So what actually is Sour Mash Whiskey?
Well it's Bourbon or Tennessee whiskey made using at least 25 per cent backset; soured yeast mash; with a fermentation period of at least 72 hours.
In North American Sour Mash Whiskey, alcohol-free liquid left at the bottom of the still after distillation is added to the mash tub and fermenter to ward off bacterial contamination.
The Mash, is the liquid composed of grist, mixed with boiling water.
This extracts soluble starch, which is converted into maltose by the enzyme amylase.
The liquid that is drained from the mash tun and fermented is called the worts.
Sour Mash Whiskey, which also is sippin’ whiskey and Tennessee whiskey, is a frequently misunderstood term.
Sour mash simply refers to the technique used in the preparation of most, if not all, straight whiskey.
The sour mash method makes the yield more efficient.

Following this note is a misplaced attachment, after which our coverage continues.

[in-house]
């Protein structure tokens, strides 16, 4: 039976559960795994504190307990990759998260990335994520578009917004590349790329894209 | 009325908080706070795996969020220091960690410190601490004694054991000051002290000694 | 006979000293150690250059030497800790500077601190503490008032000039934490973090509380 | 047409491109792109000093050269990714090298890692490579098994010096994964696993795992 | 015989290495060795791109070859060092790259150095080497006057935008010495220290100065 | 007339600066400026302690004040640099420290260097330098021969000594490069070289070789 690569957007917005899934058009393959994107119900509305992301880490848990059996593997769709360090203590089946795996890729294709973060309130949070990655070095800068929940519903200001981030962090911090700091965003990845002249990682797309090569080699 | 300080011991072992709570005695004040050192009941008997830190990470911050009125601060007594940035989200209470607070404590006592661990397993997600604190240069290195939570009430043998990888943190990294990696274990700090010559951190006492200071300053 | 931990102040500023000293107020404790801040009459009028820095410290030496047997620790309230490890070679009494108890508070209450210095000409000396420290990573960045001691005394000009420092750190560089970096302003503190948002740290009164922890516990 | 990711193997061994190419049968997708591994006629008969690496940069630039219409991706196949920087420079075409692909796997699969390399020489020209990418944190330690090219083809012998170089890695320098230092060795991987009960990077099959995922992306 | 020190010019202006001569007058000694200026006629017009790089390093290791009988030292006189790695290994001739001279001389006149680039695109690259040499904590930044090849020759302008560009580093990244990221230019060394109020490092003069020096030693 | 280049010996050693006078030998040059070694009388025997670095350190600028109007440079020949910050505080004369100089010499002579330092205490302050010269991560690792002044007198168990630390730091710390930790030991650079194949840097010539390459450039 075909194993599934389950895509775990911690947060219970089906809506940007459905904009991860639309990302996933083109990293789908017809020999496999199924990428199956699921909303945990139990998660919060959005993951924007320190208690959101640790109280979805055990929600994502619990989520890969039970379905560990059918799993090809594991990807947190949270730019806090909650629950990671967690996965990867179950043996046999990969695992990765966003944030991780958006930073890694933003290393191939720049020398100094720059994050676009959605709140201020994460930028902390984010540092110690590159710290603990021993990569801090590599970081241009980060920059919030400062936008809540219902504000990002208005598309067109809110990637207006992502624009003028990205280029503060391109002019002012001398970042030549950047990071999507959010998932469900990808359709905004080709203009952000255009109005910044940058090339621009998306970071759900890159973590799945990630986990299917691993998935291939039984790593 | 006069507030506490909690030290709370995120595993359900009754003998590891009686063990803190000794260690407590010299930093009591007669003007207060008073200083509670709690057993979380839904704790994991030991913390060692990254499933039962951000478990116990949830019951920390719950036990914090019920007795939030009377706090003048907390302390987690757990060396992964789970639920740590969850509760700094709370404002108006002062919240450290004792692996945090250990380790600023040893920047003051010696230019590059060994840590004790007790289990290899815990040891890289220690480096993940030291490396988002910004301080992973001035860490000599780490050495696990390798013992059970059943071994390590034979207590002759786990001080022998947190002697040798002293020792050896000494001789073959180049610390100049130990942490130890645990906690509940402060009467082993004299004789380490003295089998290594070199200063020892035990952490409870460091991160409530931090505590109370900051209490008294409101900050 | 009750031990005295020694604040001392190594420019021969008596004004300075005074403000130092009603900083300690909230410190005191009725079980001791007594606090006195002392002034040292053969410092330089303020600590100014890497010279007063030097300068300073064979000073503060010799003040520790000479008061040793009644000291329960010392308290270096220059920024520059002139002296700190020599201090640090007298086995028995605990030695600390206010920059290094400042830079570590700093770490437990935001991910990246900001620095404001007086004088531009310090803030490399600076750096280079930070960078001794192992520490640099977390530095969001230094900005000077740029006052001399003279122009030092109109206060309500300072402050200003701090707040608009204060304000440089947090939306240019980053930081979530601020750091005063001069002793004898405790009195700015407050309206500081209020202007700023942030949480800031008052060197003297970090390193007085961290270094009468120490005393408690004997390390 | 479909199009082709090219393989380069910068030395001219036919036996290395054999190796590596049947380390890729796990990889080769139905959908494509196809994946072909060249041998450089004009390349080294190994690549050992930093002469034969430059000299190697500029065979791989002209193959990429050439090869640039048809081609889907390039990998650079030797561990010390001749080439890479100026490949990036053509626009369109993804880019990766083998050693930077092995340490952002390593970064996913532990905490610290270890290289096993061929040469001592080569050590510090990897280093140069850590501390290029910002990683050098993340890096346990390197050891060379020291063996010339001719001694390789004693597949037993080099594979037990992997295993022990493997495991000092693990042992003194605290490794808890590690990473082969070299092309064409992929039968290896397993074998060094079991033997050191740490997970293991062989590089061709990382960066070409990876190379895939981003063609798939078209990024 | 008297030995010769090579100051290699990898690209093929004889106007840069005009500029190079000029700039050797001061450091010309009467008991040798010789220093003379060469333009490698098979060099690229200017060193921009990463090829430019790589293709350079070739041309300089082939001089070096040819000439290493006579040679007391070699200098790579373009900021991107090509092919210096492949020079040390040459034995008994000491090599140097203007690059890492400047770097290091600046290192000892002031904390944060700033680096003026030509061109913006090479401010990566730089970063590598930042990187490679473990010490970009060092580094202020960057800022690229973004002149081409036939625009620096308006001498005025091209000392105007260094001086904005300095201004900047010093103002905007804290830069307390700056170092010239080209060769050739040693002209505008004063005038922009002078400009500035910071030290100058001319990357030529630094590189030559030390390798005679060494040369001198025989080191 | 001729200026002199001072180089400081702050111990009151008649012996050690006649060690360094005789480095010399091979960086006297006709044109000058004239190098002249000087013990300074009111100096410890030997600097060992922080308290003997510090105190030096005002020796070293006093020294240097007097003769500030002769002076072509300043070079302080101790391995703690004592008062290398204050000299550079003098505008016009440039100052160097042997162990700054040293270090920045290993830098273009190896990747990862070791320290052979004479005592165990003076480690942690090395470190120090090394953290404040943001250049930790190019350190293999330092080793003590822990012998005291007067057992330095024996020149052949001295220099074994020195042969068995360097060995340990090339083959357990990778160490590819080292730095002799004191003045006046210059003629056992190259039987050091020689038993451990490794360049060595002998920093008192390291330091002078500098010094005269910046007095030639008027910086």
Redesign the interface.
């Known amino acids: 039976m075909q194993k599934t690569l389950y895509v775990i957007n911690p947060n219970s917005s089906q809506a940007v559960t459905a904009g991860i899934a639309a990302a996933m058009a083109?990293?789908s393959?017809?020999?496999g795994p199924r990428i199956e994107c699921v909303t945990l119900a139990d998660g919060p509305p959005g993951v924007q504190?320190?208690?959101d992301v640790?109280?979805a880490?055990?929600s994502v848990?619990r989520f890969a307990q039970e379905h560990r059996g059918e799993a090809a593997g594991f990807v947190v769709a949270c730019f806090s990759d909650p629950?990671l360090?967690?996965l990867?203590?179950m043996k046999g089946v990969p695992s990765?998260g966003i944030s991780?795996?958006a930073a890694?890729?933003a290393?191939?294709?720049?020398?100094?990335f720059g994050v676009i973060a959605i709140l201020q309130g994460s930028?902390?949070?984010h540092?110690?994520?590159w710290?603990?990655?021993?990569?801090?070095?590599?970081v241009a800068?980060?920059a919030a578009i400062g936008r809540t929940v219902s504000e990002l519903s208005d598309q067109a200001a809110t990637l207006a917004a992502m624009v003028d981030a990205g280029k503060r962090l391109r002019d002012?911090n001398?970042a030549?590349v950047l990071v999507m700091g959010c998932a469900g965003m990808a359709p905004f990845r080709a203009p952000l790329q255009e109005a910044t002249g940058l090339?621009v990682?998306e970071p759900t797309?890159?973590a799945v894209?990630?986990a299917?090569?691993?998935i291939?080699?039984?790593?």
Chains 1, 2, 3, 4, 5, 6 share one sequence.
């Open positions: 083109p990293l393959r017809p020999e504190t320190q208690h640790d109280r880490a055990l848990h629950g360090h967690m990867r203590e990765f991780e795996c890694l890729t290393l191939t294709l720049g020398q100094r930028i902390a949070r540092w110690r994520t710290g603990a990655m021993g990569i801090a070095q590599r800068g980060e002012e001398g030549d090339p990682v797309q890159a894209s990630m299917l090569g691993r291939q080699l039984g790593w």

The technique involves seeding, or seasoning, a new batch of mash with a portion of the previous day’s mash. This is known as “baskset,” “setback” or “stilling back” and is taken from the base of the still.
It may be added to the grain mash in the cooker, the yeast mash, the fermenting vessels, or all three.
This sour mash process helps ensure that the new run of Sour Mash Whiskey will have exact same taste as the previous day’s distillation.
The process ensures continuity in fermentation and guards against the invasion of wild yeast.
Sour mash got its name because the thin spirit “beer” remaining had a slightly acidic taste, although the resultant whiskey was anything but sour.